In a bold-faced section of the three-paragraph note -- reported in yesterday's Wall Street Journal -- Scully's assistant, Jeffrey Flick, instructed Foster to answer the Republican's question but warned him not to disclose answers to the Democratic queries "with anyone else until Tom Scully explicitly talks with you -- authorizing release of information. The consequences for insubordination are extremely severe."

The warning came in response to an e-mail Foster had sent to Scully that same Friday afternoon, 22 minutes earlier, in which he said the three questions "strike me as straightforward requests for technical information that would be useful in assessing drug and competition provisions in the House reform package." Foster offered in that e-mail to show Scully his proposed replies in advance.

Flick, who now oversees the Medicare agency's regional office in San Francisco, did not return several phone calls.

Scully was out of town and did not respond to efforts to reach him via e-mail last night. He said in an interview this week that he and Foster had disagreed over how helpful an executive branch employee needed to be to Congress. He called it "a separation of powers issue."

In 1997 budget legislation, Congress sought unsuccessfully to require the Medicare actuary to respond to all of its requests. Such language was included in a conference report on the bill but does not carry the force of law.

Foster said that the e-mail was the only instance in which he had been explicitly threatened in writing, but that "there were other instances in which Tom in an e-mail or just over the phone would clearly be unhappy and would say less formally something to the effect, 'If you want to work for the Ways and Means Committee, I can arrange that.' "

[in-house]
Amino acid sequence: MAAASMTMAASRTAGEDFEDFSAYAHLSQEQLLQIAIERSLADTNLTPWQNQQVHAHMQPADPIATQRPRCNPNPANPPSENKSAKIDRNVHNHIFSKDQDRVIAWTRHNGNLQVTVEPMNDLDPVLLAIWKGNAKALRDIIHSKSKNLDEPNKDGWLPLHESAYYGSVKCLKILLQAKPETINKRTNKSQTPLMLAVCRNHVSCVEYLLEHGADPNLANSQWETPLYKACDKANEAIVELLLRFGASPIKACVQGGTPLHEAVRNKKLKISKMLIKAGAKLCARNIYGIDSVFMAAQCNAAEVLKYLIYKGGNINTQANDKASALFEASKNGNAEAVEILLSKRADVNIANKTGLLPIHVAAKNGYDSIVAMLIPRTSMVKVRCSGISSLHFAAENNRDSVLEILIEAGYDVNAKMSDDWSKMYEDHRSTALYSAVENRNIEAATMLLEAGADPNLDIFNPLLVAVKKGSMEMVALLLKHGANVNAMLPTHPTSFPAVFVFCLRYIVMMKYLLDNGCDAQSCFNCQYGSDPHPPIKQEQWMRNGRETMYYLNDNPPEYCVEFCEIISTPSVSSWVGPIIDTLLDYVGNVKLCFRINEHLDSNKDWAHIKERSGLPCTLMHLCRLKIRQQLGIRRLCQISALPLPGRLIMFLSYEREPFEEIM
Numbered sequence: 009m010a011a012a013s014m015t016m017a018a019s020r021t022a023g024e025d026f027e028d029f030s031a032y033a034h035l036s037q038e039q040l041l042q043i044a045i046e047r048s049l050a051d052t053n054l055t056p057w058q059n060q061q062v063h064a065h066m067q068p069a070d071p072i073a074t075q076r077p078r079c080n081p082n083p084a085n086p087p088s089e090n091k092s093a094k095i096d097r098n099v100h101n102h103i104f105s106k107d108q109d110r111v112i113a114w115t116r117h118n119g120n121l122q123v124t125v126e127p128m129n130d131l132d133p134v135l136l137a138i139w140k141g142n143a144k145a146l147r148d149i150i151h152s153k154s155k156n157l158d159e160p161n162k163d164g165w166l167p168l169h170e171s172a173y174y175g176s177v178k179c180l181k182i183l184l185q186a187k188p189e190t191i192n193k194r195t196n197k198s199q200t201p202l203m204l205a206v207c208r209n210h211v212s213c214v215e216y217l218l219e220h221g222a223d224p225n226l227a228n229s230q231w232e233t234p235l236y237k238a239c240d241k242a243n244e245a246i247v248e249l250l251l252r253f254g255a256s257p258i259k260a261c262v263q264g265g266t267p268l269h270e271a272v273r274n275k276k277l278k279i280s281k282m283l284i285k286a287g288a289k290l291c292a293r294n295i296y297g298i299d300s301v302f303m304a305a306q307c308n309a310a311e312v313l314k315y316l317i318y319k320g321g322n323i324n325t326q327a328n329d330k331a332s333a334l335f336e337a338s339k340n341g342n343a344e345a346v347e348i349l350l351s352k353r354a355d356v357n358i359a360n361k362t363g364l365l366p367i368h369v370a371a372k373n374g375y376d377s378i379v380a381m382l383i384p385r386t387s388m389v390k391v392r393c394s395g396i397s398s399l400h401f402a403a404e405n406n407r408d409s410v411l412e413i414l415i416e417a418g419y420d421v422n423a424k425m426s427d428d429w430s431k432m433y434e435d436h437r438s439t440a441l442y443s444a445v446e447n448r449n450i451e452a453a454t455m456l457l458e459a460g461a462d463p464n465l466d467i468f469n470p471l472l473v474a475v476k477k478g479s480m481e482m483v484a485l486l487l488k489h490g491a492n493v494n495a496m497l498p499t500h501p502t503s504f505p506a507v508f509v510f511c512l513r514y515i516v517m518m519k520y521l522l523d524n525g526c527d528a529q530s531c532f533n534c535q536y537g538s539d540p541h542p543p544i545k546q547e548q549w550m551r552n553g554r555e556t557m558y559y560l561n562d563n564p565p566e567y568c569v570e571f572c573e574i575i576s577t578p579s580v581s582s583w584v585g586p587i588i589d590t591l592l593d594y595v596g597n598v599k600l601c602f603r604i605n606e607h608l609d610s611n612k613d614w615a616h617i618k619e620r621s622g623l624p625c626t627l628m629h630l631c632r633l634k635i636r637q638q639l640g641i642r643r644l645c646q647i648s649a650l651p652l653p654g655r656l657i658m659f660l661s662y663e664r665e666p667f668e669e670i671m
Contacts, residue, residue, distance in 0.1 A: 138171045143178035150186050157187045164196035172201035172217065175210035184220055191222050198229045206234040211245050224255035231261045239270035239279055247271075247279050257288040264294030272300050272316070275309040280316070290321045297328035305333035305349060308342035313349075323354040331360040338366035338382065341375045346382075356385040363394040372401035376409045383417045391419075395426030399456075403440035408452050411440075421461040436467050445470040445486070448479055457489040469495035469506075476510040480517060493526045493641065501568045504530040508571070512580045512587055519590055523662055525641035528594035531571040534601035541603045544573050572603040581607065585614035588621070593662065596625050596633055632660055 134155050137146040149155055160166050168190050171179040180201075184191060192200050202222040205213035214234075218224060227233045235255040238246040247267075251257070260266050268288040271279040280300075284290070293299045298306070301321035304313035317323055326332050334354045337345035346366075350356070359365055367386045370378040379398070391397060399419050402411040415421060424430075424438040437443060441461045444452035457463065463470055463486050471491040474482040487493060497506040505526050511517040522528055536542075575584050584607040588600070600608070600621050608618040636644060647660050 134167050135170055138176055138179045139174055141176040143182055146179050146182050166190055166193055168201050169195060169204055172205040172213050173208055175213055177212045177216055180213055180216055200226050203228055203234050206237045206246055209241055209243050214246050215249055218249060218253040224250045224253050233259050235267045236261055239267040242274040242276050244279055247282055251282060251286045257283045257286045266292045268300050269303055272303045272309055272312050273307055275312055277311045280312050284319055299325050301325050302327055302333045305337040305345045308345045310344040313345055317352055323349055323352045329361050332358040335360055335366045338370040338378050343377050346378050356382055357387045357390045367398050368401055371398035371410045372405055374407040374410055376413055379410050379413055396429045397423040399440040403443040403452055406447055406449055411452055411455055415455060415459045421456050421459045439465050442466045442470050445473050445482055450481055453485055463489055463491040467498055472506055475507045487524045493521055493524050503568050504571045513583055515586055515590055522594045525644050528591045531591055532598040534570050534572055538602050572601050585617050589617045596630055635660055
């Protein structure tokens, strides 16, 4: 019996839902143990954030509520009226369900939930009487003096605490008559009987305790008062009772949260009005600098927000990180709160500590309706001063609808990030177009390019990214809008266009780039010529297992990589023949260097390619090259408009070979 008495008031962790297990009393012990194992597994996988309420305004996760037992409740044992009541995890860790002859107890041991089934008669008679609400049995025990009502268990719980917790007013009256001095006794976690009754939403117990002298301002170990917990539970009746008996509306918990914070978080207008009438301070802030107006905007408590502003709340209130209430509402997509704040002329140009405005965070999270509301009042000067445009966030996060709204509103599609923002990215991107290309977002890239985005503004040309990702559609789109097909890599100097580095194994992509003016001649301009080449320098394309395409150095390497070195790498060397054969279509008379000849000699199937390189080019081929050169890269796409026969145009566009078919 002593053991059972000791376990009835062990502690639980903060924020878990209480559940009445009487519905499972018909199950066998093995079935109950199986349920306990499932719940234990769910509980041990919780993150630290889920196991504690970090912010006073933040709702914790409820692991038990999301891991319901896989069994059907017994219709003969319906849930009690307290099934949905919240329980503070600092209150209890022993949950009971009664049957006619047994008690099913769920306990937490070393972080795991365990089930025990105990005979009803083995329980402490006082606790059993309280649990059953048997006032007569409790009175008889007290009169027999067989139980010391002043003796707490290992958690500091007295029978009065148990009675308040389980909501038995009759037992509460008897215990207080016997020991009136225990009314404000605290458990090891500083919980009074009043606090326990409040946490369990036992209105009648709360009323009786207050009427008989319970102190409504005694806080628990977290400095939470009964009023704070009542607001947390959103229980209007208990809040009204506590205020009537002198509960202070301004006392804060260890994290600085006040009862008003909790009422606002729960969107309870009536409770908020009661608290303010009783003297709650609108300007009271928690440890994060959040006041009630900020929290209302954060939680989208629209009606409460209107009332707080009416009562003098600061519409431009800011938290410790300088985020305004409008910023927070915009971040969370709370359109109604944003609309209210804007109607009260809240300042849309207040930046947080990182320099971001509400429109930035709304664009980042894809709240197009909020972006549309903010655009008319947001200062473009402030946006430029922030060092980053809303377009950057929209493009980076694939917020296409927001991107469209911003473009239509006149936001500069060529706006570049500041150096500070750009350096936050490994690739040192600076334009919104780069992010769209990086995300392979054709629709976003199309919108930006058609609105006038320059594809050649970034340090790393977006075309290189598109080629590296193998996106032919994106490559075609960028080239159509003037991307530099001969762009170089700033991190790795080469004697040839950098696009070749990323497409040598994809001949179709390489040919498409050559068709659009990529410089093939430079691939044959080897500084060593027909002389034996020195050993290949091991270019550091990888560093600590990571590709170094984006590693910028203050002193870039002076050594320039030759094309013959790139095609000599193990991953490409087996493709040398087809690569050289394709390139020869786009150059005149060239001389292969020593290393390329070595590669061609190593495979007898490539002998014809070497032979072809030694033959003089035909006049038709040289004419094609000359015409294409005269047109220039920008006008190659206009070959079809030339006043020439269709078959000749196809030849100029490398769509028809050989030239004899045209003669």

The actuary said that in June 2001, shortly after Scully arrived, he directed Foster to send weekly reports of any requests for information he had received from Capitol Hill or elsewhere in the administration.

Congressional Democrats yesterday called for the General Accounting Office to investigate the episode. Thompson announced Tuesday he had ordered HHS's inspector general to conduct an inquiry.
Bush takes offensive on Foster 31.Mar.2004 22:06


Rattled that the controversy over Medicare scoring shows no signs of waning, the Bush administration has shifted strategies and now is going after the actuary at the center of what some have called "Scoregate."

After playing defense on the issue, the administration is firing back and criticizing comments made by Richard Foster, Medicare's top actuary.

Foster recently made headlines by suggesting that the White House may have been involved in keeping his estimates of the new Medicare law under wraps.

A Bush administration official suggested this week that it was irresponsible for Foster to make such assertions without proof. The official added that actuaries must support their cost estimates with a clear rationale, but maintained that Foster's claims about the White House were based on sheer speculation.

In what some are predicting will be great political theater, Foster is scheduled to testify today before the House Ways and Means Committee on his new long-range projections for the Medicare system. Democrats are expected to grill him about the administration's role in suppressing cost estimates.

As Democrats won political points by charging that the administration had concealed Medicare estimates, the administration initially adopted a defensive strategy by calling for an inspector general's investigation and disavowing actions by Tom Scully, then chief of the Centers for Medicare and Medicaid Services (CMS).

But the strategy failed to douse the controversy, and some say it gave the administration's political opponents more material to work with. Some GOP lobbyists have urged the administration to stop retreating and go on the attack.